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Column: Working Toward a Bipartisan Farm Bill



To the Valley News
Wednesday, September 05, 2018

As a member of the U.S. House Agriculture Committee, I am always thinking about how we can enact policies that will benefit hardworking farmers, rural communities and New Hampshire’s agricultural economy.

That’s why I was so disappointed when House Republicans decided to move forward with a partisan farm bill that slashes billions in conservation funding and did not adequately support smaller farms. The House Republican farm bill also included dramatic cuts to nutrition programs that help over 90,000 Granite Staters put food on the table.

Thankfully, Senate Republicans and Democrats came together to pass a bipartisan farm bill that does right by communities across New Hampshire.

For small family farms and consumers in New Hampshire, we have a chance to send to the president a farm bill that will spur economic growth in the Granite State while helping to preserve our environment and protect the most vulnerable among us. I’m privileged to have been appointed as a member of the Conference Committee, which is charged with reconciling the differences between the House and Senate farm bills. This task will not be easy. The farm bill covers programs related to international food aid, renewable energy, conservation, forestry and rural development. The wide differences between the two competing versions of the legislation will require diligent work to ensure that the best interests of hardworking farmers and Granite State families are put first.

I’m committed to funding programs that are having a real impact on the ground here in New Hampshire, such as the Northern Border Regional Commission. The commission has awarded millions of dollars to rural communities in our state to spur economic development and infrastructure projects, including the construction of a new facility to help improve substance use treatment services at Friendship House in Bethlehem. Just this summer, the commission announced funding for more than a dozen projects in New Hampshire, ranging from constructing an indoor and outdoor community gathering space in Enfield to expanding high-speed internet in Bristol.

While I’m pleased the Senate and House passed a spending bill that includes $20 million for the Northern Border Regional Commission, we must push for continued funding and full reauthorization to give this critical program the certainty that it needs. The farm bill is an important vehicle to reauthorize programs that expand affordable housing options, boost access to opioid treatment, and increase higher educational opportunities for those living in rural communities.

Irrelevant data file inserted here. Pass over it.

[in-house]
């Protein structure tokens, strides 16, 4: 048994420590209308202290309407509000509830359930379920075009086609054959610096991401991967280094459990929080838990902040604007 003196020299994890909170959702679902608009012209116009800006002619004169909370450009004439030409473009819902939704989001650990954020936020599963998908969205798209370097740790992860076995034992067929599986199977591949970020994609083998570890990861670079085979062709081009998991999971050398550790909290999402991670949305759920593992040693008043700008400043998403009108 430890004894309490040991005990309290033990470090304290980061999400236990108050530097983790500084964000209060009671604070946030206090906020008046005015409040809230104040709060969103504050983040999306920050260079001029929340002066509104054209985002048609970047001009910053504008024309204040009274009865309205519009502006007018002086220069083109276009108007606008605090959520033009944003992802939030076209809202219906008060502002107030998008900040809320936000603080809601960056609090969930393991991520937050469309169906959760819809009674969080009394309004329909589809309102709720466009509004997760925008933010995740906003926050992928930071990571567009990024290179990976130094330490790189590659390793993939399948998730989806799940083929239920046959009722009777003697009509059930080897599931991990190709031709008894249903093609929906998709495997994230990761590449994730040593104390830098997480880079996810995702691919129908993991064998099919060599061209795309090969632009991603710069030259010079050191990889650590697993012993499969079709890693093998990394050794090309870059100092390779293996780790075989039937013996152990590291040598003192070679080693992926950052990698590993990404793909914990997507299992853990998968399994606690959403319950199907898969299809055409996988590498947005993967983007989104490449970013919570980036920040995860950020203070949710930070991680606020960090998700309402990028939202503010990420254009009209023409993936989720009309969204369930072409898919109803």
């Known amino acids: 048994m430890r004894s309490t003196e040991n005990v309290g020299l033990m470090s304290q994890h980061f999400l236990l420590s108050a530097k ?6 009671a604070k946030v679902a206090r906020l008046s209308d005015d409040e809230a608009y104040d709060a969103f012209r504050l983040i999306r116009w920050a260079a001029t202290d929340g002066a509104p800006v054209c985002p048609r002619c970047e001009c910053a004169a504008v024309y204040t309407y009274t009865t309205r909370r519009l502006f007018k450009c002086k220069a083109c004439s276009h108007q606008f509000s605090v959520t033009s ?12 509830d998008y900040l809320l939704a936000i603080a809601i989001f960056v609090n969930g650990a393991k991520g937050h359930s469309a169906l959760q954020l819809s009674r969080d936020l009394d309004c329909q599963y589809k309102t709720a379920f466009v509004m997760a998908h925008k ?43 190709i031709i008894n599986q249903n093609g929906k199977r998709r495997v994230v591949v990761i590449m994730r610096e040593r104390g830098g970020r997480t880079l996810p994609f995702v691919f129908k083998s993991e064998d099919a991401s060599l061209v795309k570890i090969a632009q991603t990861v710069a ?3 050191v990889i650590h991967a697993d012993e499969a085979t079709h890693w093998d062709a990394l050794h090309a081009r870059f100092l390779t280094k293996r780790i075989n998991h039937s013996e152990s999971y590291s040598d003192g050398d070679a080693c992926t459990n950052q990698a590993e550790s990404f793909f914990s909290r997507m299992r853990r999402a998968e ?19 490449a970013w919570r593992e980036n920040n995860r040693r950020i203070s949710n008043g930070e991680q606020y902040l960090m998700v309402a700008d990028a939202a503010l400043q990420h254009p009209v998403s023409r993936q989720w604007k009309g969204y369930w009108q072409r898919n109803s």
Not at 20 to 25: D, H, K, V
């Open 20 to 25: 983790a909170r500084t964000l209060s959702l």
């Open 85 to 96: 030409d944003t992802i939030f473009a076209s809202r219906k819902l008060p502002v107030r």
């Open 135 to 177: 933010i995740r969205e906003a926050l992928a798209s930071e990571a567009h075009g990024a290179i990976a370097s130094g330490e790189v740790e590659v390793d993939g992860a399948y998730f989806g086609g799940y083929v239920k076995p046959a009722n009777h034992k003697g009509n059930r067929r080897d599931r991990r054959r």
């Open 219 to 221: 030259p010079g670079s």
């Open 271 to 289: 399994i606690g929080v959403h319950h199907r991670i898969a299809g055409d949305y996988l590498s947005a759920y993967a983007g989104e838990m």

In addition, the farm bill provides critical risk management tools for farmers in New Hampshire. Both the Senate and House farm bills include positive reforms to management programs for dairy producers who have been struggling with tight margins and historically low prices throughout the Northeast. New Hampshire’s dairy industry has fallen on hard times since we last passed a farm bill in 2014, and it is imperative that dairy producers in our state have access to an effective safety net that protects them against low prices and high regional feed costs.

One of the most important parts of the farm bill is the conservation title, which helps producers implement environmentally sound conservation practices on their farm. The House version of the farm bill would slash conservation funding by $800 million.

The farm bill is one of the most significant pieces of environmental legislation we will consider this year, and I’m hopeful we can prevent these cuts so that New Hampshire farmers are able to continue to utilize the important programs that support efforts to preserve farm land in our state.

The farm bill also helps to provide nutrition assistance for nearly 90,000 of the most vulnerable people in New Hampshire. Nearly 50 percent of New Hampshire households that receive assistance under the Supplemental Nutrition Assistance Program, known as SNAP, have either disabled individuals or children under the age of 18.

SNAP provides an incredibly modest benefit, averaging just $1.11 per person, per meal, per day. Unfortunately, the House Republican farm bill makes harmful funding cuts to SNAP that would increase food insecurity in New Hampshire for some of our most vulnerable citizens.

The partisan approach taken by House Republicans broke the lasting tradition of working across the aisle to pass a bipartisan farm bill that provides long-term certainty for American farmers. It is time to put politics aside and work together to deliver real results for New Hampshire farmers and rural communities.

U.S. Rep. Annie Kuster, a Democrat for Hopkinton, represents New Hampshire’s 2nd Congressional District